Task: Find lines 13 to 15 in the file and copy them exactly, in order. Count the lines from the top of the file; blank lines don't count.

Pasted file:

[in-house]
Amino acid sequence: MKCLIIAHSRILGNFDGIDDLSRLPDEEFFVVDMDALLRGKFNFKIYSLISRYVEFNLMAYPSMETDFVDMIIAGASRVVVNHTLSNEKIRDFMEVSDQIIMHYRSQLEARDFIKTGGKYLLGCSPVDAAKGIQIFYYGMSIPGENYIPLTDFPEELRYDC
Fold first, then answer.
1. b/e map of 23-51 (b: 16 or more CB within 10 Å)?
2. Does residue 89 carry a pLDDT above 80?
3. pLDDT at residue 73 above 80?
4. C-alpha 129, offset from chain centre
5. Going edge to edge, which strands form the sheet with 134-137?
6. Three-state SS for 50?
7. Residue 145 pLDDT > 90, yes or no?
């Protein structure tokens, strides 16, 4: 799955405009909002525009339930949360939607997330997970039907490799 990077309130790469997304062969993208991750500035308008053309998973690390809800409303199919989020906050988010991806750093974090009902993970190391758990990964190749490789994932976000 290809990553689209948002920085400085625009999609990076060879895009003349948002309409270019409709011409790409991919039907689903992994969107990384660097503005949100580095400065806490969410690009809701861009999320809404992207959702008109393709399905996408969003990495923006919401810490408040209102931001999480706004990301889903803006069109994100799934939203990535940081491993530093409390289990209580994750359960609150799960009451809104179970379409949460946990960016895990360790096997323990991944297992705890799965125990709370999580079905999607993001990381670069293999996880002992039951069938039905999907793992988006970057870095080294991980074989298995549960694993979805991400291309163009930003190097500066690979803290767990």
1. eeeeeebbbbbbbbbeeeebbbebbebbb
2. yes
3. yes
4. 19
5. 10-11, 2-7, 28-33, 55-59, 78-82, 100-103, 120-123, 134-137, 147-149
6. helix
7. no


2. yes
3. yes
4. 19